Identification and characterization of glyphosate-resistant common ragweed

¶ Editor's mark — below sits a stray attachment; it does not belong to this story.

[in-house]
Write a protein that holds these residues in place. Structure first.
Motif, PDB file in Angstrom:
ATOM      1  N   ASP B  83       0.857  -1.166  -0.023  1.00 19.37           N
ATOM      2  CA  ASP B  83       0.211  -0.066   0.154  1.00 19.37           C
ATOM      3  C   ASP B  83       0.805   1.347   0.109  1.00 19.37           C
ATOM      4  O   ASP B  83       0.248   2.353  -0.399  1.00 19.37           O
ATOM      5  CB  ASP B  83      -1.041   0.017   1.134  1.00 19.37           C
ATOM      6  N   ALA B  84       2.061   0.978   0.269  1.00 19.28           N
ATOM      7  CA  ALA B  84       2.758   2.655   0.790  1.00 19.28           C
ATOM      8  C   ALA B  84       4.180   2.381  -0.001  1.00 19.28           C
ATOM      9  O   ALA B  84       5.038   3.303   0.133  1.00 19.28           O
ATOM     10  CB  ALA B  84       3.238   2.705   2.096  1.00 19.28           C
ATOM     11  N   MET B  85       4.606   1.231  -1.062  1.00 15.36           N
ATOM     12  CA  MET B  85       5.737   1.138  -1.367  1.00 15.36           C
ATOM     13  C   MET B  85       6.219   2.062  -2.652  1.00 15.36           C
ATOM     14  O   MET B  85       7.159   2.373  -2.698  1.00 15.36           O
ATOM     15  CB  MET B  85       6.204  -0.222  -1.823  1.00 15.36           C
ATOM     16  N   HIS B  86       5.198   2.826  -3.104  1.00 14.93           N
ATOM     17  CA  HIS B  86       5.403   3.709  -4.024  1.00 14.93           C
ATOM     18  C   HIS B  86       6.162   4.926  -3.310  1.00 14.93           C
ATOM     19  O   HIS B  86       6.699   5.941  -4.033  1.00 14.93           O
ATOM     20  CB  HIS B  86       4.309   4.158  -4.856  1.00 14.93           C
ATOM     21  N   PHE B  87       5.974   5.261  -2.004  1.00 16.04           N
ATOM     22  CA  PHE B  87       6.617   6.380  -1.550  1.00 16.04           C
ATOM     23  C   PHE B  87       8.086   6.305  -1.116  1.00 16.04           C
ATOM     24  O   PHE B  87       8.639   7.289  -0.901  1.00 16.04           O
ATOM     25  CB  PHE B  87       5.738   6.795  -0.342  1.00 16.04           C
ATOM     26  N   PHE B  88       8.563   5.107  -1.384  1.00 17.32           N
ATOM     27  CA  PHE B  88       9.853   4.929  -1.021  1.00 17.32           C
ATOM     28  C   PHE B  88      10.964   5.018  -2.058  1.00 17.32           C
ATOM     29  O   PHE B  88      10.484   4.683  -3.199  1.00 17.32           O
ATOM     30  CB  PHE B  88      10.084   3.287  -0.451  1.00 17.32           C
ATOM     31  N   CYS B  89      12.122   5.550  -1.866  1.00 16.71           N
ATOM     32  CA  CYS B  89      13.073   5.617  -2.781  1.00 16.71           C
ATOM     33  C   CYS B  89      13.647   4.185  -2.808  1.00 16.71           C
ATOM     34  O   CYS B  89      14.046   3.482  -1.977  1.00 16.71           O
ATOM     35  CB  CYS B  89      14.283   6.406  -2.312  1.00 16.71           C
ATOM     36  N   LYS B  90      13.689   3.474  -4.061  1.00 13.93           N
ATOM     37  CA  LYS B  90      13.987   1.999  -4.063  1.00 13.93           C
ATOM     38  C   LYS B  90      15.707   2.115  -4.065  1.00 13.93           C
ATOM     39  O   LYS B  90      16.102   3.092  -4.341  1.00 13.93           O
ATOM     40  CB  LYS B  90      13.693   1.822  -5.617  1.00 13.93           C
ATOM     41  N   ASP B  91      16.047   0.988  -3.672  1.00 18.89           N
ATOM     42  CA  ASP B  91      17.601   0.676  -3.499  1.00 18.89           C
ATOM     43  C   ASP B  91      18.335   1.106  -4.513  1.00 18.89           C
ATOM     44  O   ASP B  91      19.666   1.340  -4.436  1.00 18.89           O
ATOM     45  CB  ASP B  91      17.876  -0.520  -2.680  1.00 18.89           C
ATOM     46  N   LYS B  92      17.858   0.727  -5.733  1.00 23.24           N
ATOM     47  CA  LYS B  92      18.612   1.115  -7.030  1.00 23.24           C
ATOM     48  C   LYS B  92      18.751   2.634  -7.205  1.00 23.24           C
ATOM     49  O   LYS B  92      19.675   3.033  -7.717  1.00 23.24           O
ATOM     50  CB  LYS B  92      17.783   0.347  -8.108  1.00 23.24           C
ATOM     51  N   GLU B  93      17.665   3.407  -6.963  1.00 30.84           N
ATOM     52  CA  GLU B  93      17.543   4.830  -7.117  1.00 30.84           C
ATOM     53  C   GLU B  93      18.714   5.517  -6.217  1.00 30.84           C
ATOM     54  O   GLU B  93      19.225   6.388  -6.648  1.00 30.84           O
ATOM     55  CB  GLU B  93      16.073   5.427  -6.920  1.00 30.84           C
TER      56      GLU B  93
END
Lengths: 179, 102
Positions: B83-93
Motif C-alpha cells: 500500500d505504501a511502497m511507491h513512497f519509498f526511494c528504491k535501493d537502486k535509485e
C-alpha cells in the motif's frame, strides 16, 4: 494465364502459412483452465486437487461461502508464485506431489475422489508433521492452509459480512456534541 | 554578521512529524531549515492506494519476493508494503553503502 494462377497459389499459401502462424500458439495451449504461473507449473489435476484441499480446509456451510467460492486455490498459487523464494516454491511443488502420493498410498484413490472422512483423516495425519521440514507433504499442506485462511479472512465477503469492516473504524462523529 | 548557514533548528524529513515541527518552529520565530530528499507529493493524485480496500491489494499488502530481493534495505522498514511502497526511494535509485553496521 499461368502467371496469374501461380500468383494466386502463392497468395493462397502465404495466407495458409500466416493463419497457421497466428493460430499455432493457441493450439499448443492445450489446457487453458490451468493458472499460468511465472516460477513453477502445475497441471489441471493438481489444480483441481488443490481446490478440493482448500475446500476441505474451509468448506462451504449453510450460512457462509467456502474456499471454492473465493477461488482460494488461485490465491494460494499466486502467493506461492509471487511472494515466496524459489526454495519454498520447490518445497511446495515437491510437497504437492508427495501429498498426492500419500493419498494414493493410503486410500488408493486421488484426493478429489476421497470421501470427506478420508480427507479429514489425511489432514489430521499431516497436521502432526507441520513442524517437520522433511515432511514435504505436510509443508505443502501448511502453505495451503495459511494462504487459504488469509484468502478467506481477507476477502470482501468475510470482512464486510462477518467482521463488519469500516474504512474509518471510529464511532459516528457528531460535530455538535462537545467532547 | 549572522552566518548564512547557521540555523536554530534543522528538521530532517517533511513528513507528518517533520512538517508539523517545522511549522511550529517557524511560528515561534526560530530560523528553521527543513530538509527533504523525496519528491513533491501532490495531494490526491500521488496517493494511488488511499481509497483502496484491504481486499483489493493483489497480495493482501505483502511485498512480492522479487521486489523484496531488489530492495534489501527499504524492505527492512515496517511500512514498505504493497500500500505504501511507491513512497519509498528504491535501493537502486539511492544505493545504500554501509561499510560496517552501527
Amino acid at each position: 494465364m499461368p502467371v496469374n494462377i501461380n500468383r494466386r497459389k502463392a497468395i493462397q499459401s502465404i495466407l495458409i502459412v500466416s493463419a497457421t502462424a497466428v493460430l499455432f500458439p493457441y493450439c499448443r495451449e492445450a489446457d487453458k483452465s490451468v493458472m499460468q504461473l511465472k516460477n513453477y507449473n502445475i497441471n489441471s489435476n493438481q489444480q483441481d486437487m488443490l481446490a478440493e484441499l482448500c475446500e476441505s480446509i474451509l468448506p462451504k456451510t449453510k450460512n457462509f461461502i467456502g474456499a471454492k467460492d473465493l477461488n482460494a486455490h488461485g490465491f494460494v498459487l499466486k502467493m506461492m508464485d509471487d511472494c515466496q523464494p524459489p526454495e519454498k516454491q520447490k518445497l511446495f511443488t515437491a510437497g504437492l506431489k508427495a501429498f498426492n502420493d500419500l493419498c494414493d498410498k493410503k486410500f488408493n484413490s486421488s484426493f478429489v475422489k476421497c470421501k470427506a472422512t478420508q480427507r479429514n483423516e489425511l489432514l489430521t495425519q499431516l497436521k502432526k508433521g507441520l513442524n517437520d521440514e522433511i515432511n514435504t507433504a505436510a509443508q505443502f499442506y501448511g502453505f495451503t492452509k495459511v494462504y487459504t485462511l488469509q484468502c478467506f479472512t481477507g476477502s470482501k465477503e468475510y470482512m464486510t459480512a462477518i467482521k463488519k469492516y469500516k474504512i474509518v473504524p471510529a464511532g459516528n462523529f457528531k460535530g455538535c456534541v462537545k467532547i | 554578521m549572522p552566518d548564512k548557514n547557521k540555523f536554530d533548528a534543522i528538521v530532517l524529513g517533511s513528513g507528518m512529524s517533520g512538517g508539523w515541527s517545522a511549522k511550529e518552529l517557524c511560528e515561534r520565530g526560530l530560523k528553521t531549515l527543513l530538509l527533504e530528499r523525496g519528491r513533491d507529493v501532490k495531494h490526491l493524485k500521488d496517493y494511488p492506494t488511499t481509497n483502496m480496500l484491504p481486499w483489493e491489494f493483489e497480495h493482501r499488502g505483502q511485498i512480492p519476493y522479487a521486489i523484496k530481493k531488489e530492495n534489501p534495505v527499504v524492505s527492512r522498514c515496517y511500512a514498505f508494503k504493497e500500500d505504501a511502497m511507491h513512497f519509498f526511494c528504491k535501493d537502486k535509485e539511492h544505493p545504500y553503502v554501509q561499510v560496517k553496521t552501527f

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A revolution in production agriculture has occurred over the past decade; the development and use of herbicide-resistant crops. Glyphosate is an effective, broad spectrum and offers flexible application timing with minimal crop injury. With glyphosate's high efficacy rate and increased adoption over many hectares, it could be argued that where it is applied at least one or more times a cropping year, resistant weeds will occur frequently. In 2002, a Missouri population of common ragweed (Ambrosia artemisiifolia, L.) was inadequately controlled with glyphosate following six years of continued use. Under greenhouse conditions, common ragweed seedlings were treated at 8-12 cm with glyphosate. At rates that varied from 1/16X to 12X (1X=0.84 kg ae/ha) for the suspect resistant population, and 1/256X to 1X for a known susceptible population. The suspect resistant population exhibited an I₅₀ value that was 9.6-fold higher than the susceptible biotype on a dry weight basis. This confirms the suspect common ragweed population to be resistant to glyphosate and represents the 6th weed species world-wide with resistance to glyphosate. Field observations of glyphosate-resistant common ragweed plants revealed that several plants surviving glyphosate were infested with a stem-boring insect, commonly known as ragweed borer (Epiblema strenuana, Walker). Field experiments were initiated to evaluate whether or not the ragweed borer influenced common ragweed response to glyphosate. The outcomes of these experiments provide evidence that glyphosate response in the glyphosate resistant common ragweed is influenced by glyphosate rate and the timing of applications; with ragweed borer not a significant factor influencing plant response.